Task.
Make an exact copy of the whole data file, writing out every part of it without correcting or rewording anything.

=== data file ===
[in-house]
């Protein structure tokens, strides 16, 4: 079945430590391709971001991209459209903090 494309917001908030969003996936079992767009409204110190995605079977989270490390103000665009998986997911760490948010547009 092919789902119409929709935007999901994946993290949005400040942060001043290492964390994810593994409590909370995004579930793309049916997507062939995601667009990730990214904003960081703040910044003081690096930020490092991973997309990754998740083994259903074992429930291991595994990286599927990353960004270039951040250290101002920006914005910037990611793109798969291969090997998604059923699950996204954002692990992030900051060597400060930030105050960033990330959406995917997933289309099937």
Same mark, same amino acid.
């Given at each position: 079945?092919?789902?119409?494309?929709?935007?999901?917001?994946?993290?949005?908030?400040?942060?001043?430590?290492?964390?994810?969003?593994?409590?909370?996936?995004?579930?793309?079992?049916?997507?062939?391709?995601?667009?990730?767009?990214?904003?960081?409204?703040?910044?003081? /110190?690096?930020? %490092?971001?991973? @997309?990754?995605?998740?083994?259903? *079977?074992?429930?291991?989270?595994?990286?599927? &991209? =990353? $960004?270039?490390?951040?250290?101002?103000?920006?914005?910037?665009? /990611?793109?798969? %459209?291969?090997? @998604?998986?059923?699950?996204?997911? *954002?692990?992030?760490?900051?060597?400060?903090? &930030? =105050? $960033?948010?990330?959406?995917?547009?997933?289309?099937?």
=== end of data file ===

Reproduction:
[in-house]
């Protein structure tokens, strides 16, 4: 079945430590391709971001991209459209903090 494309917001908030969003996936079992767009409204110190995605079977989270490390103000665009998986997911760490948010547009 092919789902119409929709935007999901994946993290949005400040942060001043290492964390994810593994409590909370995004579930793309049916997507062939995601667009990730990214904003960081703040910044003081690096930020490092991973997309990754998740083994259903074992429930291991595994990286599927990353960004270039951040250290101002920006914005910037990611793109798969291969090997998604059923699950996204954002692990992030900051060597400060930030105050960033990330959406995917997933289309099937």
Same mark, same amino acid.
């Given at each position: 079945?092919?789902?119409?494309?929709?935007?999901?917001?994946?993290?949005?908030?400040?942060?001043?430590?290492?964390?994810?969003?593994?409590?909370?996936?995004?579930?793309?079992?049916?997507?062939?391709?995601?667009?990730?767009?990214?904003?960081?409204?703040?910044?003081? /110190?690096?930020? %490092?971001?991973? @997309?990754?995605?998740?083994?259903? *079977?074992?429930?291991?989270?595994?990286?599927? &991209? =990353? $960004?270039?490390?951040?250290?101002?103000?920006?914005?910037?665009? /990611?793109?798969? %459209?291969?090997? @998604?998986?059923?699950?996204?997911? *954002?692990?992030?760490?900051?060597?400060?903090? &930030? =105050? $960033?948010?990330?959406?995917?547009?997933?289309?099937?």